Take Advantage of the Small Business Administration
How can the Small Business Administration help you grow your business? Take a quick look at how the SBA works.
First, note that the SBA has a pretty wide definition of what is meant by "small." You don't have to be a mom-and-pop operation to take advantage of SBA loans. The cutoff limits vary by industry, but it's possible to have hundreds of employees and still be eligible for SBA assistance.
However, there are four criteria all businesses must meet to obtain an SBA loan: They must be a for-profit business, they must do business in the U.S., the owners must have invested their own time or money in the business, and they must have exhausted all other financing options.
How does the SBA loan program work? The SBA doesn't provide loans directly. If you need a loan, ask your lender whether it works with the SBA, or use the SBA to help connect with lenders. It means more paperwork and time to get an SBA loan guarantee, but getting the SBA involved can make the difference between getting the loan or not. You can connect with SBA lenders through the SBA Lender Match program. This speeds up the lending process.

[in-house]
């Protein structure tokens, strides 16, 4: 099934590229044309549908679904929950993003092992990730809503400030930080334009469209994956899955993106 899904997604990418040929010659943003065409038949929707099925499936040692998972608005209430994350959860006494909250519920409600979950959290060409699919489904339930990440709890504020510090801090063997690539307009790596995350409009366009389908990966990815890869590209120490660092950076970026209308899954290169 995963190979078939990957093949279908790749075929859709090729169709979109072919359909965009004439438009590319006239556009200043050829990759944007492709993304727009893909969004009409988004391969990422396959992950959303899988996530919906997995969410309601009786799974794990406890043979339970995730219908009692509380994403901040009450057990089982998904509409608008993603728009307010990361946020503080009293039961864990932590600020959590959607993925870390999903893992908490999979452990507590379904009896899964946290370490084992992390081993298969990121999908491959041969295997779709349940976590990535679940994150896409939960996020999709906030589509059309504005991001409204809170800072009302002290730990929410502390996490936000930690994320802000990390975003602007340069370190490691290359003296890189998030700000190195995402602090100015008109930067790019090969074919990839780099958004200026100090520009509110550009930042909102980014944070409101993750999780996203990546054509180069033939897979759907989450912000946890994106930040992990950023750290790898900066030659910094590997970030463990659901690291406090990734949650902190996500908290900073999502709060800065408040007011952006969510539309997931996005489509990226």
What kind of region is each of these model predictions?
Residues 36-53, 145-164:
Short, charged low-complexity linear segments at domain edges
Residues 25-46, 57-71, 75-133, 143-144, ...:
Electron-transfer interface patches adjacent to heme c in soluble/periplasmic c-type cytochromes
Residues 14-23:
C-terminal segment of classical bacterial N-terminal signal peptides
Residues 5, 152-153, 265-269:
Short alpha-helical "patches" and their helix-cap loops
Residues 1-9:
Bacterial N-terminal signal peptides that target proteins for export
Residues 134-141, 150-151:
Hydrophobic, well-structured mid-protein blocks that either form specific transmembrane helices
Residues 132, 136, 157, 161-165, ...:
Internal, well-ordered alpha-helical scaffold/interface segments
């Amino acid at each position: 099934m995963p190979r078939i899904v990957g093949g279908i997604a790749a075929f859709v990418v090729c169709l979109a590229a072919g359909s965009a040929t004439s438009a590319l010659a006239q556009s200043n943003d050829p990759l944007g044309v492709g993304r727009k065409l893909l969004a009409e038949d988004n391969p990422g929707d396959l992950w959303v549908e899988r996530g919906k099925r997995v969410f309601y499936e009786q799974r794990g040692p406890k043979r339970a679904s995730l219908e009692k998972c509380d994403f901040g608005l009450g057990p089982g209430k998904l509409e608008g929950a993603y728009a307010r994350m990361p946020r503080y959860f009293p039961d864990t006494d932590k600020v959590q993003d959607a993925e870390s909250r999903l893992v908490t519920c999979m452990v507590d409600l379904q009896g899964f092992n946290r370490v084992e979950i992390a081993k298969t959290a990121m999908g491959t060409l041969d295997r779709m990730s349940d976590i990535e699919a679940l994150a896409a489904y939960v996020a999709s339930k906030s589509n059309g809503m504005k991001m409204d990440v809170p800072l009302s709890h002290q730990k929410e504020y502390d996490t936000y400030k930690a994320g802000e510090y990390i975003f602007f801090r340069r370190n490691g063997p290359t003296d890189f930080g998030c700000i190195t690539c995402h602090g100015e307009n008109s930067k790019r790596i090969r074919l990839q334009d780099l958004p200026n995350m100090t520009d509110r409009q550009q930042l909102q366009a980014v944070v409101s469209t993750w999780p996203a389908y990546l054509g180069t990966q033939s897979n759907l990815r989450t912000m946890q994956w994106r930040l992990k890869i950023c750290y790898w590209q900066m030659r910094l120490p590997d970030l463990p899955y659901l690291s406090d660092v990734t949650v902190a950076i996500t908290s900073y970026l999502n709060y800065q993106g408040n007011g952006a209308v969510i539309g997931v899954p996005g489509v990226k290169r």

There are multiple SBA loan programs. A basic loan program can help existing businesses and startups. These are flexible loans that can be used for lots of business purposes, including for working capital. There is also a special series of loans for property and equipment for businesses in specific areas targeted for development. The SBA also offers an array of special loans for veterans.
The SBA can provide disaster assistance to help small businesses that were hit by disasters — physical and economic assistance. For example, the SBA can provide loans to self-employed business owners who've lost their jobs due to disaster.
Help Beyond Loans
The SBA also offers, in partnership with other agencies, grants for research and development. The goal is to encourage businesses to do research that has potential for commercialization. Some grants are for businesses run by socially and economically disadvantaged persons.
In addition, the SBA can help businesses get through the complex process of competing for government contracts; the SBA aims to level the playing field. After all, many government agencies require that some percentage of their purchases be set aside for small businesses, and you may be able to get in on these contracts.
Women and minority business owners can get specific assistance. The Office of Women's Business Ownership provides help to women starting and running small businesses. Minority business owners, disabled and disadvantaged business owners, and immigrant and foreign national business owners can get special loans and help to start businesses.
The SBA also partners with SCORE, a network of volunteer expert business mentors with more than 10,000 volunteers in 300 chapters. You can find individual help for launching new companies or divisions and for business plan writing and marketing, for example.
Now that you see all that you can garner from the SBA, you may decide to visit your local SBA office to see what services and training are available in your area.